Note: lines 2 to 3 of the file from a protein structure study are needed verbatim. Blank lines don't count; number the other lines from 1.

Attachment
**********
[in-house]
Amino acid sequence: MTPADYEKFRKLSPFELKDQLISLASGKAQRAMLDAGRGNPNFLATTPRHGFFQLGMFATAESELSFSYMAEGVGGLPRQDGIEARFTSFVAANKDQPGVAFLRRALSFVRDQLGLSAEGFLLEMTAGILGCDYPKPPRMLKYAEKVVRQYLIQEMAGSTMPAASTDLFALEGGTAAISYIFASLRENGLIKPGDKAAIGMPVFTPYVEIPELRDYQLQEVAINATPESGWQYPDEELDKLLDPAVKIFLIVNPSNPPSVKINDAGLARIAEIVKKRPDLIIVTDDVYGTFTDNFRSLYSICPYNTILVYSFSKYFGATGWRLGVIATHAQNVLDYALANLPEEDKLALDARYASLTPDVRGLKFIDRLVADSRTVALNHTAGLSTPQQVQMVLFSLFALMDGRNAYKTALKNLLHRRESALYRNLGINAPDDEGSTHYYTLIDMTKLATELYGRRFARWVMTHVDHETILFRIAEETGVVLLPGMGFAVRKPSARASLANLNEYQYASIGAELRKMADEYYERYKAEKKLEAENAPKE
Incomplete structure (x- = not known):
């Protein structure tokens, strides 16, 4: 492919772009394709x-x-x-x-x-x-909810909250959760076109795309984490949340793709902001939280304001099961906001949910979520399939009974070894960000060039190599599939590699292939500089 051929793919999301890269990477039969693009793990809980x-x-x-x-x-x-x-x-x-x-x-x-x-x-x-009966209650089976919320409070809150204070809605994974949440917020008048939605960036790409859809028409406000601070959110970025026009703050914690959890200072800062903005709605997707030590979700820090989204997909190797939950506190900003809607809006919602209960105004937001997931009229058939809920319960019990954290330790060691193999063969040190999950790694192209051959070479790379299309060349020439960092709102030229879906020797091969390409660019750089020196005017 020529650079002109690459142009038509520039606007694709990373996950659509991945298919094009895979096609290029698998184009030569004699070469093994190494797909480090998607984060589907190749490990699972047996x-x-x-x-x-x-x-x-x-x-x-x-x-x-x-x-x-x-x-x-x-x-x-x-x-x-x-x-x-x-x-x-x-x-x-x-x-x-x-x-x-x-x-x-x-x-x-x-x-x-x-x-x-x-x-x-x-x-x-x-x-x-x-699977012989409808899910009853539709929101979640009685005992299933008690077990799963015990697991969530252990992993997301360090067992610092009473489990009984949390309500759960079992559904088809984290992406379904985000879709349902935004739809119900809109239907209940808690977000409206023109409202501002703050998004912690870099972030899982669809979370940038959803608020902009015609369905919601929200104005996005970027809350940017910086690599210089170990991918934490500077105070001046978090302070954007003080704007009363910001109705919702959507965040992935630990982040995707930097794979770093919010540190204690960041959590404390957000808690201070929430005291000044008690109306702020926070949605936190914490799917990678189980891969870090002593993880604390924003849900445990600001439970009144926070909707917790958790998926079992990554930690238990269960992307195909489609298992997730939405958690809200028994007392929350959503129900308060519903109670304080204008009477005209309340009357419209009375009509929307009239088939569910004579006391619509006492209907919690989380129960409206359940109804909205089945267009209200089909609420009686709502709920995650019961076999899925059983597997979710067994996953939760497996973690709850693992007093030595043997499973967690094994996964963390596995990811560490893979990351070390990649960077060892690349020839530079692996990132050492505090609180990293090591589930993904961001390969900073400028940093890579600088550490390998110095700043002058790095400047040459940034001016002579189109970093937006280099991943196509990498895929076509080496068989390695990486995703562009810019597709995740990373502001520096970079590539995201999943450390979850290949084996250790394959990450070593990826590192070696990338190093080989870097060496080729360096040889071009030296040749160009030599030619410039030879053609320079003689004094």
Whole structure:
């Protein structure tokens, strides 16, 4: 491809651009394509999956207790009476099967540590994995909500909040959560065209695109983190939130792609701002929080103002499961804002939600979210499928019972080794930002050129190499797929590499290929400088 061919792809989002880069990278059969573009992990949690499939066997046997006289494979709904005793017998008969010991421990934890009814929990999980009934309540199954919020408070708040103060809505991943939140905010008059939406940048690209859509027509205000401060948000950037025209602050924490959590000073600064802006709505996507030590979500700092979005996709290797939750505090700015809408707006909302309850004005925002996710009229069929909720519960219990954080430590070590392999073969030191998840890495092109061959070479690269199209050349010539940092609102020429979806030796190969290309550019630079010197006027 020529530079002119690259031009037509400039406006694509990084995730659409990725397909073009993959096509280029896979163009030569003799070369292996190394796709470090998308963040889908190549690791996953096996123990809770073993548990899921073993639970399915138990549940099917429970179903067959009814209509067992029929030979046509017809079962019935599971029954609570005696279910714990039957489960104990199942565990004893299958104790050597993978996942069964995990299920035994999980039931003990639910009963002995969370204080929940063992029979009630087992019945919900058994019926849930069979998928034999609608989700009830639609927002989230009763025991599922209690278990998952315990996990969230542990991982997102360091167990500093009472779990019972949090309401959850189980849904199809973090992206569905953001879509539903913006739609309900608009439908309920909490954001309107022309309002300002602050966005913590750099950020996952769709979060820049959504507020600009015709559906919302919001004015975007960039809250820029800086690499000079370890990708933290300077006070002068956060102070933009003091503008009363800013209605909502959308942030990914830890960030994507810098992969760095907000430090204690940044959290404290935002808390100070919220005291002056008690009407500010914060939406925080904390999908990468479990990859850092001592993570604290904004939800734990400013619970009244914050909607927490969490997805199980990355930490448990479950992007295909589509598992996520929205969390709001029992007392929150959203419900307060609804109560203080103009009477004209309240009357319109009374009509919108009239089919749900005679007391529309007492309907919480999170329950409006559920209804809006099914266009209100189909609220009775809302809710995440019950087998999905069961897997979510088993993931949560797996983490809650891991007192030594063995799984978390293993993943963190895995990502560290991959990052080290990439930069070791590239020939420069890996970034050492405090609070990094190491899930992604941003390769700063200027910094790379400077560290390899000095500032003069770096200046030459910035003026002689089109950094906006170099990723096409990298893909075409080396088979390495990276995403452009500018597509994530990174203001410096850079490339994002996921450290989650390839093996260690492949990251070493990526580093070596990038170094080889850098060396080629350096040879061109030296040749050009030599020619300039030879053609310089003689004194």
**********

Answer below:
Amino acid sequence: MTPADYEKFRKLSPFELKDQLISLASGKAQRAMLDAGRGNPNFLATTPRHGFFQLGMFATAESELSFSYMAEGVGGLPRQDGIEARFTSFVAANKDQPGVAFLRRALSFVRDQLGLSAEGFLLEMTAGILGCDYPKPPRMLKYAEKVVRQYLIQEMAGSTMPAASTDLFALEGGTAAISYIFASLRENGLIKPGDKAAIGMPVFTPYVEIPELRDYQLQEVAINATPESGWQYPDEELDKLLDPAVKIFLIVNPSNPPSVKINDAGLARIAEIVKKRPDLIIVTDDVYGTFTDNFRSLYSICPYNTILVYSFSKYFGATGWRLGVIATHAQNVLDYALANLPEEDKLALDARYASLTPDVRGLKFIDRLVADSRTVALNHTAGLSTPQQVQMVLFSLFALMDGRNAYKTALKNLLHRRESALYRNLGINAPDDEGSTHYYTLIDMTKLATELYGRRFARWVMTHVDHETILFRIAEETGVVLLPGMGFAVRKPSARASLANLNEYQYASIGAELRKMADEYYERYKAEKKLEAENAPKE
Incomplete structure (x- = not known):